Owners versus Professional Managers

Many people wail about the ITC scandal.Who would have thought that such top class professional managers would behave like the most crooked Iwnias? If professionals behave like this how can they claim to be superior to owners who siphon crores out of their companies?\’

This is a good occasion to review the old debate on professionally managed companies versus owner-managed ones. But first note that Calcutta business circles have long known that ITC\’s top managers are not paragons of virtue and ITC has been nicknamed Insider Trader Corporation. Today, excise duly evasion, share manipulation. FERA violations and embezzlement all stand revealed as part of ITC operations.

Scrap the notion that all owners are crooks and all professionals are honest. Some owners like Tata and Bajaj have relatively high standards. And some professional managers have sucked companies dry.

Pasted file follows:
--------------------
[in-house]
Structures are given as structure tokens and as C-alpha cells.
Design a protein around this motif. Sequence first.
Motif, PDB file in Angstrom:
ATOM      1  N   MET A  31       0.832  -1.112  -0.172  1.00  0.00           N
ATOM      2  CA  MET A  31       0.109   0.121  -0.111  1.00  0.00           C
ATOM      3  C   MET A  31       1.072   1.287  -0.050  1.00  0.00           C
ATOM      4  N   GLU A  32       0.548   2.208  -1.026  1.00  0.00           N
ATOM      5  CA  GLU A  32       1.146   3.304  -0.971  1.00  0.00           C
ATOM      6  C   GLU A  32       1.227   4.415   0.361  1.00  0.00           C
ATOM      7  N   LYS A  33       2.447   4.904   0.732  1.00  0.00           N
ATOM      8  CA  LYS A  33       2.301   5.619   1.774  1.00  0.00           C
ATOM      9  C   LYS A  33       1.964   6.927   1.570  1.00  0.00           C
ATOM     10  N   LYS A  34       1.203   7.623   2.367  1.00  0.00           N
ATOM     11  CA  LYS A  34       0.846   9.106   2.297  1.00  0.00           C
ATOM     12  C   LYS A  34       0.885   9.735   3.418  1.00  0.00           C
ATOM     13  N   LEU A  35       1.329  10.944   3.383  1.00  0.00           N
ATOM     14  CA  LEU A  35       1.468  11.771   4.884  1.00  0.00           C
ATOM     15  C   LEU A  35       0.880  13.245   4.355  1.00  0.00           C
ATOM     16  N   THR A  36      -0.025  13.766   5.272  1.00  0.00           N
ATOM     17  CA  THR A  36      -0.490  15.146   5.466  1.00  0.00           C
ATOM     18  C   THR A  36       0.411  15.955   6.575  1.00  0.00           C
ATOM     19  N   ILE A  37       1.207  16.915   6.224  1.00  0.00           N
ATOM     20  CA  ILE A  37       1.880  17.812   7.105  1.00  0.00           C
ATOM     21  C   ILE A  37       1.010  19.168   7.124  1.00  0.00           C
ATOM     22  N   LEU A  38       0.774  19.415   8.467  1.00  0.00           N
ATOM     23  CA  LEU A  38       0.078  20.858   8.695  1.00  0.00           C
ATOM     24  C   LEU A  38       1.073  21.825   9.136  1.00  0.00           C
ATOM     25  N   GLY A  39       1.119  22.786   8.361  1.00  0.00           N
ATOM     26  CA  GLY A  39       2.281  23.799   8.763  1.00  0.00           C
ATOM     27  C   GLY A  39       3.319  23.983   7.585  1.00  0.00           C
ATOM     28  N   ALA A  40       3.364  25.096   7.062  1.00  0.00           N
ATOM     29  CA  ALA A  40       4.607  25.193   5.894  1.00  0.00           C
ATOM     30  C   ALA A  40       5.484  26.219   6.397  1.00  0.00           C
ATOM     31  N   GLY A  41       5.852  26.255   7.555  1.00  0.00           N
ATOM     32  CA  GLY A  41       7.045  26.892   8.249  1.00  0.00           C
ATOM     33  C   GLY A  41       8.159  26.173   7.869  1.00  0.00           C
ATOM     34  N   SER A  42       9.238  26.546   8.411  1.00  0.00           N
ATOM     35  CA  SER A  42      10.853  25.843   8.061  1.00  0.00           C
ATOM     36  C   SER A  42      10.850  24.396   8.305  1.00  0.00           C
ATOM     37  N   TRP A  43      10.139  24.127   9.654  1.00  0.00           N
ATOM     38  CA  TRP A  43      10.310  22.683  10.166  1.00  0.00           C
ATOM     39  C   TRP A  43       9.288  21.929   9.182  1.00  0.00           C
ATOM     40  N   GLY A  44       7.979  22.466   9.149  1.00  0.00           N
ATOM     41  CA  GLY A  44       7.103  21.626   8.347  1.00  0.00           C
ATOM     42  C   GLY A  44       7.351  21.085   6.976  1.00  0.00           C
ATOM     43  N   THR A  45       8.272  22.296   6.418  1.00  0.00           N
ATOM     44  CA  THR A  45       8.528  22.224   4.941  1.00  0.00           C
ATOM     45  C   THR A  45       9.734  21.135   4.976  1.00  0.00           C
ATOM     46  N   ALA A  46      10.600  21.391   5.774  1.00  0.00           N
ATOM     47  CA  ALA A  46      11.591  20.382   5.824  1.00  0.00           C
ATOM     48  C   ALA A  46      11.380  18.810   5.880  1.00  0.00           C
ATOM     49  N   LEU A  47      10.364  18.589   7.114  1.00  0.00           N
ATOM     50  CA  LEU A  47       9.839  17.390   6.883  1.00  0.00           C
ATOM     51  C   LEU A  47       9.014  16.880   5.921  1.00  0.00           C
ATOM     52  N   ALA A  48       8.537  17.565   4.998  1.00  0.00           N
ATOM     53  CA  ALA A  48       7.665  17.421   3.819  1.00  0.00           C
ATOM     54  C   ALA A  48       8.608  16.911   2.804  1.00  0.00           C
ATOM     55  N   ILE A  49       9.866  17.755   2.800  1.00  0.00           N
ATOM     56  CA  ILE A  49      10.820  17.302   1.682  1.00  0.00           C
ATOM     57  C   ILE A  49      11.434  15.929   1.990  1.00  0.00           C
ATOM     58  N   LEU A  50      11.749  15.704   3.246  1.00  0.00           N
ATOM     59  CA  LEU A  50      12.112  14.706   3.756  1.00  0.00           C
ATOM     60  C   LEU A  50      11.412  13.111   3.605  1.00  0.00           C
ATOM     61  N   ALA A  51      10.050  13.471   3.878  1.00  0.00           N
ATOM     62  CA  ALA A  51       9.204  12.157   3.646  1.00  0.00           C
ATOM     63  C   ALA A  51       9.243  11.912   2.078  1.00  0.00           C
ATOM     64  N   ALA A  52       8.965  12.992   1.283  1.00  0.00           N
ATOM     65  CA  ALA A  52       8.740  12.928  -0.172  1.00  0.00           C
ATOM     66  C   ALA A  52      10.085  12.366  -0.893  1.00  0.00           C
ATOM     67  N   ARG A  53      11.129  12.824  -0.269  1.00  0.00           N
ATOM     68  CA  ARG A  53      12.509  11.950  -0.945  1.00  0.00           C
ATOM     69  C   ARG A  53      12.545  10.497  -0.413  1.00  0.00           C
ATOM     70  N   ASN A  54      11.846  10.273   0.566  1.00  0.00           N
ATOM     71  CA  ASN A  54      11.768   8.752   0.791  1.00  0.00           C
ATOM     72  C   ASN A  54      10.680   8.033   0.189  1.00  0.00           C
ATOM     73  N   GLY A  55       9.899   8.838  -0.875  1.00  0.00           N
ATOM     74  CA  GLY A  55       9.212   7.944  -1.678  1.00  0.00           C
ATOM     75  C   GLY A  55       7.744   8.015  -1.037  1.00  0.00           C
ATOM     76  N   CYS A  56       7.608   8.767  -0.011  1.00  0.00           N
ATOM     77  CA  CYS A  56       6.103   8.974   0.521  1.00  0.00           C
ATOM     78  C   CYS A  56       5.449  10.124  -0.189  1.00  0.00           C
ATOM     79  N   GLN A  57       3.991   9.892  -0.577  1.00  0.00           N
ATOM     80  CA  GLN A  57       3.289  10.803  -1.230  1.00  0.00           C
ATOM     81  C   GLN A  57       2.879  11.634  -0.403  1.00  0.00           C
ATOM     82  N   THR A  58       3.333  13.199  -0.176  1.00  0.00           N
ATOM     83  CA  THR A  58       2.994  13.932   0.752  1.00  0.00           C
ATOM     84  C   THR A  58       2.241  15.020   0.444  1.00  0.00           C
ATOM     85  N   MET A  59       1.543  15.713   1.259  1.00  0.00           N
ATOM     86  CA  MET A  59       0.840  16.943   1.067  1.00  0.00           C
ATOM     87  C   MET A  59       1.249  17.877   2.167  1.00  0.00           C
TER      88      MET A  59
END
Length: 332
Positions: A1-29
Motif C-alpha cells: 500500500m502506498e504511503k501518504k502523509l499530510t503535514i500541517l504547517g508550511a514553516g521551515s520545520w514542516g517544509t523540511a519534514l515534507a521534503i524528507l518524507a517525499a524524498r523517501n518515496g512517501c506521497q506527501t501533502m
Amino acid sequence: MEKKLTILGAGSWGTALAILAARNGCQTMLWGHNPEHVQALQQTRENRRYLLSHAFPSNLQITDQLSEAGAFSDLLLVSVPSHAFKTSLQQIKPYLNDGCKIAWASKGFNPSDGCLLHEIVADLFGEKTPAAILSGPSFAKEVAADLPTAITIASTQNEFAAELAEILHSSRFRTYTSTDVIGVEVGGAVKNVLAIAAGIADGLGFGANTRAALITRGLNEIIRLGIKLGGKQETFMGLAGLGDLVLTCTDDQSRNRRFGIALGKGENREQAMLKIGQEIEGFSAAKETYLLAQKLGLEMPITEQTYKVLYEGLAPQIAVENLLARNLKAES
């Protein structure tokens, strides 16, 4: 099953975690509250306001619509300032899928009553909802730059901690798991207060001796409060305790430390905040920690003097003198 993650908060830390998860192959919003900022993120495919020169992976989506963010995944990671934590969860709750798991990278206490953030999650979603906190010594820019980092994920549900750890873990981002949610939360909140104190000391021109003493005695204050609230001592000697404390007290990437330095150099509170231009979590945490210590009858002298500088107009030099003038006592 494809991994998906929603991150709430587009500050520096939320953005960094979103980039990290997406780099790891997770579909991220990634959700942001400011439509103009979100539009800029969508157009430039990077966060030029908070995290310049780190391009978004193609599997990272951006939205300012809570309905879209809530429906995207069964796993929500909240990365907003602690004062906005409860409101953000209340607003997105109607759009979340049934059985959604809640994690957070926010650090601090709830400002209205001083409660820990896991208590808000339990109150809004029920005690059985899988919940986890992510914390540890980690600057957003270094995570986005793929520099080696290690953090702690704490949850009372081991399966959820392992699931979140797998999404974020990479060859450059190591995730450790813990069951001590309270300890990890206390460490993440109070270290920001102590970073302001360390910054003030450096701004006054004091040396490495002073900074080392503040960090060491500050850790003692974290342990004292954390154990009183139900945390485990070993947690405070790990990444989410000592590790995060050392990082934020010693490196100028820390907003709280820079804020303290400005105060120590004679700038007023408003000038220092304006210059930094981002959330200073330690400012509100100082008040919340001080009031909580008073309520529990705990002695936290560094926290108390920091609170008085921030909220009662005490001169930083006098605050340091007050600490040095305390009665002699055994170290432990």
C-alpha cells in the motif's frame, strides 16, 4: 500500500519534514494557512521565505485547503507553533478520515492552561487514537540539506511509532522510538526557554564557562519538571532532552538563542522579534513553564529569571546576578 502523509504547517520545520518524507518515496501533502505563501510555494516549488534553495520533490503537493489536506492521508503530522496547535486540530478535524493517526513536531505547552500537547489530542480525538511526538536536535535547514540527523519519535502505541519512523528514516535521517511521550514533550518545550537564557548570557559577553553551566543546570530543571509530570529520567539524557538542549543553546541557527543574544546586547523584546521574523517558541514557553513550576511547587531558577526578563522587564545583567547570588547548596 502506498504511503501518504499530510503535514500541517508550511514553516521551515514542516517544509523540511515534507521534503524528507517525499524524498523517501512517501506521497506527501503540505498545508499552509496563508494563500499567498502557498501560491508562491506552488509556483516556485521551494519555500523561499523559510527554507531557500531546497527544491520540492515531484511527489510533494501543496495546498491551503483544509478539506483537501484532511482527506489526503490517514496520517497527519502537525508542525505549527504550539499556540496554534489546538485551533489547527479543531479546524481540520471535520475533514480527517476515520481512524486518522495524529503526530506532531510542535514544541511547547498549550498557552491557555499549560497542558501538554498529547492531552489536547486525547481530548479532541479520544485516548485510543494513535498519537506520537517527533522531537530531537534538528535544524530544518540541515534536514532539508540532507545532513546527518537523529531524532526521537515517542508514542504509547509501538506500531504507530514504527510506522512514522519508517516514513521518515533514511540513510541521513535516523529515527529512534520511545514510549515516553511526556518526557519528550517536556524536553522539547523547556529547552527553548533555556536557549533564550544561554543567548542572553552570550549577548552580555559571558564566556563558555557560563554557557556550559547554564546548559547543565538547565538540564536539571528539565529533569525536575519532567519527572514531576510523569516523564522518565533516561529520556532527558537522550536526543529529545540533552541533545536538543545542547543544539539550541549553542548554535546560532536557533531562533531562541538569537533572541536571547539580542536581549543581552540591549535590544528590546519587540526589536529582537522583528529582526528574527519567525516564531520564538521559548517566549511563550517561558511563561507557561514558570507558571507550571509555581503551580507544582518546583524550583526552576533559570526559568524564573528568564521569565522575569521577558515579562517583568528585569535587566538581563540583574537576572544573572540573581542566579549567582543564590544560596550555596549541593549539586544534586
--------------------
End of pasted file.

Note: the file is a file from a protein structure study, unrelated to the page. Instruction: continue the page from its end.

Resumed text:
The news has particularly chairman K L Chugh that he was a patriotic swadeshi champion warding of an invasion by BAT, the foreign group which owns 32 per cent of the company\’s equity. BAT wanted to increase its slake in ITC and get rid of Mr Chugh not only because he opposed the parent company, but because his export deals smelled fishy.

Now ITC is famed for marketing skills. Mr Chugh used his marketing savvy to sell financial institutions the notion that he would convert ITC into an Indian multinational, which would export Indian brands of cigarettes and conquer markets hitherto monopolised by western multinationals.

Now. this was a confused notion. A multinational is an entity that has production centres in many countries, not one that merely exports to many countries. But Mr Chugh marketed his confusion so well that he was hailed as a swadmhi saviour.